By Julie Barlow
Who would have believed a single sheet of yellow paper could throw life into such havoc?
On March 21st, my daughters brought a note home saying their school, Nesbitt Elementary, was in “consideration” for closure.
I didn’t fall for the gentle terminology. I knew it was serious.
I wasn’t alone. In the days that followed, a small group of shocked and mystified parents got together and sprung into action. We created a blog, a Facebook page, started an online petition, filmed three short videos about the school, opened a Twitter account and started lobbying the media (needless to say, we didn’t sleep much).
The Nesbitt “resistance team” made quite a splash. Five days after the campaign started, we were interviewed by major news media outlets in French and English. We were on the front page of the Montreal Gazette. We had collected 4000 signatures.
But the display of solidarity was futile. On March 30th, the English Montreal School Board’s (EMSB) commissioners voted to keep Nesbitt on the list of schools being “considered” for closure. There was no debate prior to the vote.
We soon understood what was going on. Commissioners vote in bloc and the decision to keep Nesbitt on the chopping bloc was made before the meeting. Nesbitt was on the losing team.
The Demise of English Education in Quebec
The decision to close schools did not come out of the blue. The Nesbitt story casts a light on a little known phenomenon that might surprise anyone living outside Quebec: while the English language is not suffering here, English-language education is biting the dust.
Enrolment in Quebec’s English-language schools has been declining sharply for several decades now. The principal reason is of course, Quebec’s Law 101 (The Charter of the French Language, passed in 1977) that prohibits francophones and new immigrants from sending their kids to English schools. Only kids with a parent educated in English, in Canada, have access to English public schools in Quebec.
But the law is only one factor.
The other is parents’ common sense. To work in Quebec, French is a must. Without French, kids from Quebec are likely to make their lives in Toronto or Vancouver, New York or somewhere else. To ensure kids’ future in Quebec, parents send them to French schools. They are confident their kids will learn English at home.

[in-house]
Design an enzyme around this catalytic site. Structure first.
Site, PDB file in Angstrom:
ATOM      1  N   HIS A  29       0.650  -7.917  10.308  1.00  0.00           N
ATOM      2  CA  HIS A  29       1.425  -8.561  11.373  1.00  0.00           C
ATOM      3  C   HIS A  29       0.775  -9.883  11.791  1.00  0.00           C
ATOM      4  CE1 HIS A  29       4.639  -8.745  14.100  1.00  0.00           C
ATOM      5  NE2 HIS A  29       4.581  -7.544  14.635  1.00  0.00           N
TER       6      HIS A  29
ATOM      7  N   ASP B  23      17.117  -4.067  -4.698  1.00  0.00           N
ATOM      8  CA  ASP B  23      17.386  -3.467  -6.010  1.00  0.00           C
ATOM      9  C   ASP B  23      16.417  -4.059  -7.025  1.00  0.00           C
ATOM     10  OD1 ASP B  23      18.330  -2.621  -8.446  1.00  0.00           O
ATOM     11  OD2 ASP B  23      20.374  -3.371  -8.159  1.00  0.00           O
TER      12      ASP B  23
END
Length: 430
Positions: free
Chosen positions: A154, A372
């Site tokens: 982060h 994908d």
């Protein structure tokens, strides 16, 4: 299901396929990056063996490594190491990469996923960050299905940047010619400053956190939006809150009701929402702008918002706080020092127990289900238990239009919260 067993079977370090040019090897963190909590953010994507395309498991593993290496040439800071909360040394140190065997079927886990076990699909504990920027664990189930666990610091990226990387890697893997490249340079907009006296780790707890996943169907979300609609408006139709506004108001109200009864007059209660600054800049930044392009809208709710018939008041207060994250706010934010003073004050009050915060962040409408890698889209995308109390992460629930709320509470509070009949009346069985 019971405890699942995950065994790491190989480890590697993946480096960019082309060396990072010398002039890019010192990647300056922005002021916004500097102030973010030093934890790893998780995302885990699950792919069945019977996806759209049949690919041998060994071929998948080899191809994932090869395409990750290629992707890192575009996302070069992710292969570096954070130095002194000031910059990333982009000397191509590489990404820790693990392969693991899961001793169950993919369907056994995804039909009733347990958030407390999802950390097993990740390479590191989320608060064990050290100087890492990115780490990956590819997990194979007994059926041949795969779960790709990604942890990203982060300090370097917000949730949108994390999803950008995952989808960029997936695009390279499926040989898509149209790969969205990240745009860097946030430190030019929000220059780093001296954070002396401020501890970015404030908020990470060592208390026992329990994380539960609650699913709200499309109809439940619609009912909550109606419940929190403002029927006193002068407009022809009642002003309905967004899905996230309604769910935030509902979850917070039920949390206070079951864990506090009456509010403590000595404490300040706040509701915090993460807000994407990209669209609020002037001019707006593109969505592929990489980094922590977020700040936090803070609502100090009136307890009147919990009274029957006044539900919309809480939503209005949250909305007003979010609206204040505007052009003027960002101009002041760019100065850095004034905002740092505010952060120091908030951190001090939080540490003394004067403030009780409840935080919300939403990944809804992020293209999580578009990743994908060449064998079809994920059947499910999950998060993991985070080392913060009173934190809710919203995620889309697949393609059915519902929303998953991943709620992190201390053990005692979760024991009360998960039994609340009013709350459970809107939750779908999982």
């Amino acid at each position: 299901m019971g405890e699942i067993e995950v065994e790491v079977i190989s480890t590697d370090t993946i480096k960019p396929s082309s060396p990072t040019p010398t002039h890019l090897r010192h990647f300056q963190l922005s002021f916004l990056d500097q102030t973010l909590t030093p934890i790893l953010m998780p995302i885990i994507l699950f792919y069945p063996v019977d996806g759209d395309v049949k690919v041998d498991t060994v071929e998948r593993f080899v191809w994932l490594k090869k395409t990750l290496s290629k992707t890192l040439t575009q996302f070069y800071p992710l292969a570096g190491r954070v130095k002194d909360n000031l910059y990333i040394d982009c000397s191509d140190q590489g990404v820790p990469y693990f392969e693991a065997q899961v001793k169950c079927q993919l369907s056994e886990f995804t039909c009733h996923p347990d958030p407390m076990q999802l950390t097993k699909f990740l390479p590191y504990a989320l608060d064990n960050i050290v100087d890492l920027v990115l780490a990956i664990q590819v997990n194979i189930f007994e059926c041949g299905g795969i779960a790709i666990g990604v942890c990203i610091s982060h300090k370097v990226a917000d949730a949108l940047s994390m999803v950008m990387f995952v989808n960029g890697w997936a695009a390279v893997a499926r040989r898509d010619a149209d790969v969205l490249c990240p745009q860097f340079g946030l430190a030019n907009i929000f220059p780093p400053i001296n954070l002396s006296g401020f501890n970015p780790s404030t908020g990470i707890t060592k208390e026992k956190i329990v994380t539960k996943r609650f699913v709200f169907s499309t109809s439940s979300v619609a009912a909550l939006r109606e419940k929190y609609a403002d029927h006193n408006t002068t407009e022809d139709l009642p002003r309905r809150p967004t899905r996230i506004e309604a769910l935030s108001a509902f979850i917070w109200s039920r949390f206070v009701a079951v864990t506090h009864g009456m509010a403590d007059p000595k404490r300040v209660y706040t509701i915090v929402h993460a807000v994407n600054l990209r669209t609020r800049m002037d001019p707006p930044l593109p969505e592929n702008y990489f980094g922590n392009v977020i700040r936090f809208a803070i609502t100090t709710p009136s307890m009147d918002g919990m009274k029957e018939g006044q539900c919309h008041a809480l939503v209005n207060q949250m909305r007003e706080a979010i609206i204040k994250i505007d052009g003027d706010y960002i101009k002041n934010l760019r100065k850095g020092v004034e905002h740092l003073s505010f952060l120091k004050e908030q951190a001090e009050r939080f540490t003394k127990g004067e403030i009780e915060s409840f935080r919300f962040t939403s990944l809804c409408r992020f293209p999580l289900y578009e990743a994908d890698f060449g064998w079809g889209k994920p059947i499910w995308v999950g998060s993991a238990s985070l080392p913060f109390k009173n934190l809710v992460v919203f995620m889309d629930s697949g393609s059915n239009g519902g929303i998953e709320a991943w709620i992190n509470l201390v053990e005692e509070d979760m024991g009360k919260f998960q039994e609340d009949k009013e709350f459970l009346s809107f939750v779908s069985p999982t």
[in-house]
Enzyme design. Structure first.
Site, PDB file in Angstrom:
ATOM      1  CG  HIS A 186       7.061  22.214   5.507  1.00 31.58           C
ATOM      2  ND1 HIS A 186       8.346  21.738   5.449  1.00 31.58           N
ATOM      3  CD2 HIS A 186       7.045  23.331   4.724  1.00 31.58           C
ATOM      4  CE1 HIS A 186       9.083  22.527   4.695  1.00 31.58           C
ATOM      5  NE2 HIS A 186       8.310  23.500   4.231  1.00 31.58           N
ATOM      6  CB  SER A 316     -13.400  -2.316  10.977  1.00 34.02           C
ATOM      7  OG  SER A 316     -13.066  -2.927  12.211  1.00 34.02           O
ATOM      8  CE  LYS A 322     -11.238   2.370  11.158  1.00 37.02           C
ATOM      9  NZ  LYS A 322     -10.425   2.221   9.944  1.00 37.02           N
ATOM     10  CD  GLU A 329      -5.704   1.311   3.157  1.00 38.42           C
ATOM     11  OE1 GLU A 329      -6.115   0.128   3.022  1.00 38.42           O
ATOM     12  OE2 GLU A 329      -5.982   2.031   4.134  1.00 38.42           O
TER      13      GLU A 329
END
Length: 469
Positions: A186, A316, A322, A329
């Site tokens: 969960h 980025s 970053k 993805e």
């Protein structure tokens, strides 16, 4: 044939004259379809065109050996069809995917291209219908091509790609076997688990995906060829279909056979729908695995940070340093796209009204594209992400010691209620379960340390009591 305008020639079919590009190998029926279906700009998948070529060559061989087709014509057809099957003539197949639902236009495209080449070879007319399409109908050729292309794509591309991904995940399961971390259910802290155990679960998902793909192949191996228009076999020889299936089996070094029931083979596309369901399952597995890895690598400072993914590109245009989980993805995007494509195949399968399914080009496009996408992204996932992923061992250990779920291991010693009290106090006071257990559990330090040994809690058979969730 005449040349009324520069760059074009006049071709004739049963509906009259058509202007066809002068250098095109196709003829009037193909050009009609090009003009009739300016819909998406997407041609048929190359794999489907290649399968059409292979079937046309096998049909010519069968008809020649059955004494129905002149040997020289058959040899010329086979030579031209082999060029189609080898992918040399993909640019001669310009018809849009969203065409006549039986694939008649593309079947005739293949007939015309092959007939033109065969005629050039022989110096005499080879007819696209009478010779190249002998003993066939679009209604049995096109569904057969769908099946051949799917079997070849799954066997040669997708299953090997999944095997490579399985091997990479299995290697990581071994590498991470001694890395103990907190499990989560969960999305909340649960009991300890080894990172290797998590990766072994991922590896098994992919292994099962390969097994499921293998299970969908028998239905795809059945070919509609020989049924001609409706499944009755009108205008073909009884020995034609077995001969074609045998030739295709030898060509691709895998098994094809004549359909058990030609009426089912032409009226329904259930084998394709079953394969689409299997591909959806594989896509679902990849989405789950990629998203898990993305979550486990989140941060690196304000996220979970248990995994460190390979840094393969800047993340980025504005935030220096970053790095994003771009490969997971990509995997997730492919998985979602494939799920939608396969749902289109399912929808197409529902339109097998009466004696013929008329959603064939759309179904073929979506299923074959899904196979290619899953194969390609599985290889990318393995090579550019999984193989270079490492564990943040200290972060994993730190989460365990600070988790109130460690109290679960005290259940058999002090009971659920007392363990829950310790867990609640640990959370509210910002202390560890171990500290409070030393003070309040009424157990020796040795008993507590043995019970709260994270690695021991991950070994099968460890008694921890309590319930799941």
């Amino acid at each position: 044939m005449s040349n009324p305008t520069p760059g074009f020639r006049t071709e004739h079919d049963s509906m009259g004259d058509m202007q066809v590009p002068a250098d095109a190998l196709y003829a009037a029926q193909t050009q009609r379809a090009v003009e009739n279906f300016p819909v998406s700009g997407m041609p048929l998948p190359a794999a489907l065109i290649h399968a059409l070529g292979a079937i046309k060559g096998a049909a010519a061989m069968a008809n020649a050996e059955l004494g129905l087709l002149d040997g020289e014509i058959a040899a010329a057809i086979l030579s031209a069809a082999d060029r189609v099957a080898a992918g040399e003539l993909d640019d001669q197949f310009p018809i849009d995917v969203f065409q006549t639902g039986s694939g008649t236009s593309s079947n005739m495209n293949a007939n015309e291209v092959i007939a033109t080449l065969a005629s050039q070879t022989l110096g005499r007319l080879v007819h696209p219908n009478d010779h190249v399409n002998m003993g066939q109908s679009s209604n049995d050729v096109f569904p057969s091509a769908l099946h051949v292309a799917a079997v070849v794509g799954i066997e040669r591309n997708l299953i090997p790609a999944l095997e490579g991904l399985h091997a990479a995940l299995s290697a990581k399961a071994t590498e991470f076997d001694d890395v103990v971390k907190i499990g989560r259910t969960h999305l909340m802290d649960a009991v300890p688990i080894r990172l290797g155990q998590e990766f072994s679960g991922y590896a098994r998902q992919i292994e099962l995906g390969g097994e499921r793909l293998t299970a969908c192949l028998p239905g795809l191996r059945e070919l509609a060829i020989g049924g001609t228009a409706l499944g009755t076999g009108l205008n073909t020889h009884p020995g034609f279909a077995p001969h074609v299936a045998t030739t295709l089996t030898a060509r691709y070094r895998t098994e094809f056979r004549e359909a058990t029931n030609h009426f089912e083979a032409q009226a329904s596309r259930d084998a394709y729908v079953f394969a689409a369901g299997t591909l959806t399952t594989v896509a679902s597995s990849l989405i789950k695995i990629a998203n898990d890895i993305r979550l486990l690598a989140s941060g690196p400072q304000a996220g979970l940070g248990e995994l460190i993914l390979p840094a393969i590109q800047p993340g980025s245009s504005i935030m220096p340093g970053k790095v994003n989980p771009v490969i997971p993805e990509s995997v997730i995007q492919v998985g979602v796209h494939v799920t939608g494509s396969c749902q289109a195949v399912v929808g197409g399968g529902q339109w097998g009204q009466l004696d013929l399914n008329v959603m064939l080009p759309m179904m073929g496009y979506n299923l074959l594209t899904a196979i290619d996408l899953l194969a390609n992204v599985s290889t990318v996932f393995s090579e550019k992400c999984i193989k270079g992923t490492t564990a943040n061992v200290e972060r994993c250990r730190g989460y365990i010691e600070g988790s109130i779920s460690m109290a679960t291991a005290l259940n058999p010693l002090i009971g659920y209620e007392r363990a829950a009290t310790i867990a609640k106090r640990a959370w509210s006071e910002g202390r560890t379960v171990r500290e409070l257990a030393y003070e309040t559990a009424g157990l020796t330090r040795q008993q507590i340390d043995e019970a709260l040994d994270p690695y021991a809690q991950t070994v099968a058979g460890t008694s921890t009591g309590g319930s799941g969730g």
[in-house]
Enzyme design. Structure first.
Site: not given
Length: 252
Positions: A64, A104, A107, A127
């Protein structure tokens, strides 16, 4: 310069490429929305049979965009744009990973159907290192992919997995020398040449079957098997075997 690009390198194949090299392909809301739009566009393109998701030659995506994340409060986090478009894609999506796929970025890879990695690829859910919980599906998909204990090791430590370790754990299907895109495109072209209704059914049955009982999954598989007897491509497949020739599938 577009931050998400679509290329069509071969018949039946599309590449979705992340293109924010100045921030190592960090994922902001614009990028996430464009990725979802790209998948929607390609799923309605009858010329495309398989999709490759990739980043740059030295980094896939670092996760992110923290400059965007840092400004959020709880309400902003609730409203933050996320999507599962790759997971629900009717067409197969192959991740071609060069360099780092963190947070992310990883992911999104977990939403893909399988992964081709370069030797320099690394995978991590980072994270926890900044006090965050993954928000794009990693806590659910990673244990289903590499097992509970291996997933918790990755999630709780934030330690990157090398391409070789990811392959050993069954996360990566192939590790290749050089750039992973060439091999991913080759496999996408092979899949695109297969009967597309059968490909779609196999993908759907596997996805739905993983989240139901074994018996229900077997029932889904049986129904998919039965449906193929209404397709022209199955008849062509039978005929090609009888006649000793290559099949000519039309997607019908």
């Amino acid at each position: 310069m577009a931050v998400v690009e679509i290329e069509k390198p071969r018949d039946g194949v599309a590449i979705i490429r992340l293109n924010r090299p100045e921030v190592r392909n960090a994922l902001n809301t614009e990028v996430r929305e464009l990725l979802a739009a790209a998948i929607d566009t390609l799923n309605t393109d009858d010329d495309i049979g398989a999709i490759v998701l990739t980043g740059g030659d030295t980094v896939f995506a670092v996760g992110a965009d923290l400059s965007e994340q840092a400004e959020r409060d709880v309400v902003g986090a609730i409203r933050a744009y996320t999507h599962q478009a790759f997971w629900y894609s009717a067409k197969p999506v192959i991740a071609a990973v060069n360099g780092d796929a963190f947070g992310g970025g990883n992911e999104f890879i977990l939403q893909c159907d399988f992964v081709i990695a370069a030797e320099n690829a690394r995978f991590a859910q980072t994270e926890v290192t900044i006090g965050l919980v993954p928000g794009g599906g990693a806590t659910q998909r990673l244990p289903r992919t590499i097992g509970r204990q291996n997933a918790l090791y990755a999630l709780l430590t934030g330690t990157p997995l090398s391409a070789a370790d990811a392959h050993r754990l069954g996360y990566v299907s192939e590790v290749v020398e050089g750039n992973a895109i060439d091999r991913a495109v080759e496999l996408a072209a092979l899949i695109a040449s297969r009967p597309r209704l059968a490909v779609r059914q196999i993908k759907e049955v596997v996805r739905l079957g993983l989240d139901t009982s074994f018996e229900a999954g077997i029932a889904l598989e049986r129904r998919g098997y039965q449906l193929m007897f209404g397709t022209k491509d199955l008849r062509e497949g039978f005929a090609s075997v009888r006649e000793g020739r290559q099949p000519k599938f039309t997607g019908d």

The English language school board is convinced the trend will continue and is throwing in the towel, practically without a battle. The scenario of possible school closures is based on projected enrolment declines, starting with schools that already have less than 200 students.
French Immersion on the Rise
Yet with 426 students, Nesbitt school is one of the largest schools in the English system. More importantly, Nesbitt offers the main thing that keeps parents in the English school system: French immersion. Nesbitt’s 30 year-old French immersion program churns out perfectly bilingual 12 year-olds.
Thirty years ago, just on the heels of Law 101, Nesbitt was the first school in East Montreal to introduce French immersion. The program has been attracting kids from all over Montreal ever since. The success rate is high and kids learn in an authentic francophone environment – the East Montreal neighbourhood where the school is situated is almost entirely French-speaking.
In a way, Nesbitt is a victim of its success. Over the last decade, other English schools woke up and realized that French immersion was the only thing that could keep them alive. The EMSB reasoned it could keep a few of these smaller schools alive if it closed Nesbitt and spread our students around.
Closing Nesbitt Harms French Immersion
School Commissioners were either unaware, or simply ignored the fact closing Nesbitt would create a huge hole in the middle of the island of Montreal where there would be no French immersion, nor a core English program.
Nesbitt parents think this is insane. Parents with kids in French immersion (two-thirds of the school)are not likely to put their kids on hour-long bus commutes to other French immersion programs. They will more likely send their kids to a French school.
French-speakers Support Nesbitt
Which brings me to the most interesting part of the story. In a surprising twist of events, Nesbitt is actually getting support from French-speakers. Why? First, because they are our neighbours in East Montreal. Second, because they agree it’s crazy to close a big, successful school. And third, because Nesbitt offers high quality French language instruction. Who in Quebec would knock that?
City Hall opposition leader Louise Harel recently wrote us a letter of support praising our school for its success.
Our provincial MNA, Louise Beaudoin, (who recently resigned from the Parti Québécois), told us we were “doing more than the customer asked for” by helping turn anglophones into well-educated francophones.
These are two established Quebec separatists talking!
Our story was covered by Radio-Canada, TVA, the daily Le Devoir, our local paper Le Journal de Rosemont. We were on the front page of La Presse … all French outlets.
The Struggle Continues
The havoc that single sheet of yellow paper created in my life is far from over. Since the March 30 vote, the “Nesbitt resistance” has been working on phase two of the Save Nesbitt project: gathering political support at all levels to keep the school open, and preparing a “brief” showing why Nesbitt should stay open.
The final vote on Nesbitt’s fate will take place in January 2012. Until then, the Nesbitt community is carrying on the battle to preserve a rare jewel of a school that produces perfectly bilingual Quebeckers.
Honestly, who could knock that? We’re still wondering….
We’ll keep you up to date on developments.
(And in case you’re wondering: we don’t have a problem with Law 101. We’re fighting for French!).
For more info: Savenesbitt.Wordpress.com